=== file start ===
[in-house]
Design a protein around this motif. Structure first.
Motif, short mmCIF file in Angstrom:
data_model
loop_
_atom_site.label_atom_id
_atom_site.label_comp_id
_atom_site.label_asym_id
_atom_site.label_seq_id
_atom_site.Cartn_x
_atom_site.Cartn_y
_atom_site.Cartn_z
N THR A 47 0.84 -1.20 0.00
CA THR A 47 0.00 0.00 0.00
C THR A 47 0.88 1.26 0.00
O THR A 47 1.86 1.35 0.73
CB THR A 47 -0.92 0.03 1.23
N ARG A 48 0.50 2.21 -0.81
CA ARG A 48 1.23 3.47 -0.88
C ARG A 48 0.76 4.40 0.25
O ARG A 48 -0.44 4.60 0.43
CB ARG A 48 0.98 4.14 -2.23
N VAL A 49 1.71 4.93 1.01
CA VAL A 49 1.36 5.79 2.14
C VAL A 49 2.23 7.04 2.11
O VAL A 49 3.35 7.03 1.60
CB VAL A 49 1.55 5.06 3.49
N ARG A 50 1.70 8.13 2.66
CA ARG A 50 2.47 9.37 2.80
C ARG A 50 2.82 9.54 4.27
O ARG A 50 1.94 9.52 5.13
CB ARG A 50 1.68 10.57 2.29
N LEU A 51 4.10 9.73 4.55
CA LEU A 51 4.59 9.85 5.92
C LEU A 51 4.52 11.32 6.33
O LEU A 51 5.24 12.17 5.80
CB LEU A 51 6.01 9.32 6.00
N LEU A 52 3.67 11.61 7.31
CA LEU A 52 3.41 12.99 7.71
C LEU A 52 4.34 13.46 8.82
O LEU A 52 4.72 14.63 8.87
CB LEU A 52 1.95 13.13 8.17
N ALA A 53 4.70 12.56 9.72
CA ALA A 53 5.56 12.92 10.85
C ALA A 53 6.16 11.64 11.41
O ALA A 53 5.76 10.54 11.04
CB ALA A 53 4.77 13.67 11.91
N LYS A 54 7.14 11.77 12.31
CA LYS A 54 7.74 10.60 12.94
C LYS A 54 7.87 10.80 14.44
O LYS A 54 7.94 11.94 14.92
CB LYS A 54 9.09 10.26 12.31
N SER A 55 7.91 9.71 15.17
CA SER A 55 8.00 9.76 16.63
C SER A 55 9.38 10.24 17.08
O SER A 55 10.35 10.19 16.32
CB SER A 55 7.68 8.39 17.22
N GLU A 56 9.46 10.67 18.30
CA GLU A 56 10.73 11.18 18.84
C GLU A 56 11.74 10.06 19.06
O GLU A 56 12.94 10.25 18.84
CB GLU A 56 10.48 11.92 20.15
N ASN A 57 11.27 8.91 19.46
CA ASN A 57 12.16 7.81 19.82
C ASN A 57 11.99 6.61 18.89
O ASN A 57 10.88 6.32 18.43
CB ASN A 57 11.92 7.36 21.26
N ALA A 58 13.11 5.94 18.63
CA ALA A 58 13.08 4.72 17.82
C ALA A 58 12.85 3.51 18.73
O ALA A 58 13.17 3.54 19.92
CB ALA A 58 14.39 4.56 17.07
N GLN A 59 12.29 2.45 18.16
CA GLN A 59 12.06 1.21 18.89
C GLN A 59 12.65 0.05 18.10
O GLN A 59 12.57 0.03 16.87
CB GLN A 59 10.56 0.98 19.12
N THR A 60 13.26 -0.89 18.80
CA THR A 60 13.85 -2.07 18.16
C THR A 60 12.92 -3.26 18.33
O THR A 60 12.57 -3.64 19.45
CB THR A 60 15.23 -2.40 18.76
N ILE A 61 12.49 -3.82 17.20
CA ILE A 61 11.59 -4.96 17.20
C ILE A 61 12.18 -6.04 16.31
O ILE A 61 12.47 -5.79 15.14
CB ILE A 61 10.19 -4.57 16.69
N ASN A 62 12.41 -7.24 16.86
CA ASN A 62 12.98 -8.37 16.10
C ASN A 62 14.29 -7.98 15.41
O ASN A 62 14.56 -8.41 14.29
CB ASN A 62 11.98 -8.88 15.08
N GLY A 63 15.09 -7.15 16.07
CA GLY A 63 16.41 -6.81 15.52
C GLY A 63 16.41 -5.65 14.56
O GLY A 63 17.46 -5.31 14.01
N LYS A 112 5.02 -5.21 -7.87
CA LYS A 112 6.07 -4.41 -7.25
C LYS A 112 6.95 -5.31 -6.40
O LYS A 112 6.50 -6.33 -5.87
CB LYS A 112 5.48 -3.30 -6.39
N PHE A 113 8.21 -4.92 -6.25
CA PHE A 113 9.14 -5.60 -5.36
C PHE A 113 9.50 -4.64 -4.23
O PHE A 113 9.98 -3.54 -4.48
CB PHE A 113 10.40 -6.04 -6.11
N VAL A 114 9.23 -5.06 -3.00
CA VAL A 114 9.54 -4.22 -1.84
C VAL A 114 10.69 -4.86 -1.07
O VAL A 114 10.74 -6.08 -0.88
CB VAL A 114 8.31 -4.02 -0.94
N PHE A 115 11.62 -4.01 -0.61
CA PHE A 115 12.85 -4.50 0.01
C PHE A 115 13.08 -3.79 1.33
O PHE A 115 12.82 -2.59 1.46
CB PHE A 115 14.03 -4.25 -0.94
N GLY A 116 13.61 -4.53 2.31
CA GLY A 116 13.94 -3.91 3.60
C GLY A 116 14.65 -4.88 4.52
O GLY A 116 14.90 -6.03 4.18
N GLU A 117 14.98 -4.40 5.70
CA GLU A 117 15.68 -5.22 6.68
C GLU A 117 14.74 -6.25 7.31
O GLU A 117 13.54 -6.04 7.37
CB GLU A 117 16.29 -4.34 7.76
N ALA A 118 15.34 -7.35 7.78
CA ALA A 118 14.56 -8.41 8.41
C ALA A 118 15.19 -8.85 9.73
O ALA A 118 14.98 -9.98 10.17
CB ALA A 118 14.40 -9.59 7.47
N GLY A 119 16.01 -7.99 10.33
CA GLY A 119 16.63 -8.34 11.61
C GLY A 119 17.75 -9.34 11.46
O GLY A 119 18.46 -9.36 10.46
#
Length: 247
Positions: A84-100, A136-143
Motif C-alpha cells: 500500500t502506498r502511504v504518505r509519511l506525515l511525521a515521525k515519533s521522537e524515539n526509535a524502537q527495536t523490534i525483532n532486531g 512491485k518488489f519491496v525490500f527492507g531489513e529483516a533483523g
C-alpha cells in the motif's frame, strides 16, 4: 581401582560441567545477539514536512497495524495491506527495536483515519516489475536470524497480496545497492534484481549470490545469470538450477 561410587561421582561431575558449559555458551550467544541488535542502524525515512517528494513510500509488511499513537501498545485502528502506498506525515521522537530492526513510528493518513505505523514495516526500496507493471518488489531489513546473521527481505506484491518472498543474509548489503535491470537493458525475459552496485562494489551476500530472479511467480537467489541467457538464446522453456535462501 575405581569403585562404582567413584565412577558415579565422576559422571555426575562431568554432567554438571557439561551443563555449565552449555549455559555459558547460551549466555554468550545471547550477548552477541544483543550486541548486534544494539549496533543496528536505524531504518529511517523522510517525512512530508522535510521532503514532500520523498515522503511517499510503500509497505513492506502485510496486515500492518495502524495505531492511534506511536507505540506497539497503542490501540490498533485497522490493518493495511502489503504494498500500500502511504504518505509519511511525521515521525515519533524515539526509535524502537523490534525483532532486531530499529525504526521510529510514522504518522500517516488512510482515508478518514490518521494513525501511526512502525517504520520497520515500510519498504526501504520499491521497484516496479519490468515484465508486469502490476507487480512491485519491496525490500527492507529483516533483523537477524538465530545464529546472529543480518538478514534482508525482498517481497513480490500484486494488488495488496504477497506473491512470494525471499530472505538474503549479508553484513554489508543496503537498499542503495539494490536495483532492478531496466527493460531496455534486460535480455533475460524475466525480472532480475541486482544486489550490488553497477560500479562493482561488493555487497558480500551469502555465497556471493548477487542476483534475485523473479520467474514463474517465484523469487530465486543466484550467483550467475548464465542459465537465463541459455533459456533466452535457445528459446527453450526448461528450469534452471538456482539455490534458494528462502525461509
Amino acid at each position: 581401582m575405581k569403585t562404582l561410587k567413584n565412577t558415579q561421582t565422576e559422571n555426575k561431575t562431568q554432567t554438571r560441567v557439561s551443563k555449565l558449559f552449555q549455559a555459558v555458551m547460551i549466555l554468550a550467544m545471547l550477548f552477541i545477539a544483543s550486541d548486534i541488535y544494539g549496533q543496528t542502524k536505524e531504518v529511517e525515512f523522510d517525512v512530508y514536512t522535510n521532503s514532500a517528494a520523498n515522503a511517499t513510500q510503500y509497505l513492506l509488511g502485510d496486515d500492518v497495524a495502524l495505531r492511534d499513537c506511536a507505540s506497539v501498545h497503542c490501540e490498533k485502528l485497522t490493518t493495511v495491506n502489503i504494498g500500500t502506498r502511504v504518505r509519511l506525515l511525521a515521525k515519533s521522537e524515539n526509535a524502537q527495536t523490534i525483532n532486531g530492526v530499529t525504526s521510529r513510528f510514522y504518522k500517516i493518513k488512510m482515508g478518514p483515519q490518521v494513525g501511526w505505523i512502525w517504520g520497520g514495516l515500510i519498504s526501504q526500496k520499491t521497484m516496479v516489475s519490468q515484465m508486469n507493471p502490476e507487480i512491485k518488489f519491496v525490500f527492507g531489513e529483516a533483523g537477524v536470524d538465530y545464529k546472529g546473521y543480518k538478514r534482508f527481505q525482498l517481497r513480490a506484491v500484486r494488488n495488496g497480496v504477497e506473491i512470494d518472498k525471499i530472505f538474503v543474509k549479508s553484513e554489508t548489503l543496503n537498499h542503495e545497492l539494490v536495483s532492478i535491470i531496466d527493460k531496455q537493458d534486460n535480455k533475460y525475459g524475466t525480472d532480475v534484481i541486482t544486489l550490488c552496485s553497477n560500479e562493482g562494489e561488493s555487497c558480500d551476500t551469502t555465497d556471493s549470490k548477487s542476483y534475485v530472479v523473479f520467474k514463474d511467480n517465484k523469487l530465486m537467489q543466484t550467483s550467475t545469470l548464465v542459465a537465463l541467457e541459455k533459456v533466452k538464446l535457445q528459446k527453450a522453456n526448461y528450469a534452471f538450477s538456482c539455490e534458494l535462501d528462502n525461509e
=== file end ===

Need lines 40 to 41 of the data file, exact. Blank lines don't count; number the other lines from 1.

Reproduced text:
C LEU A 52 4.34 13.46 8.82
O LEU A 52 4.72 14.63 8.87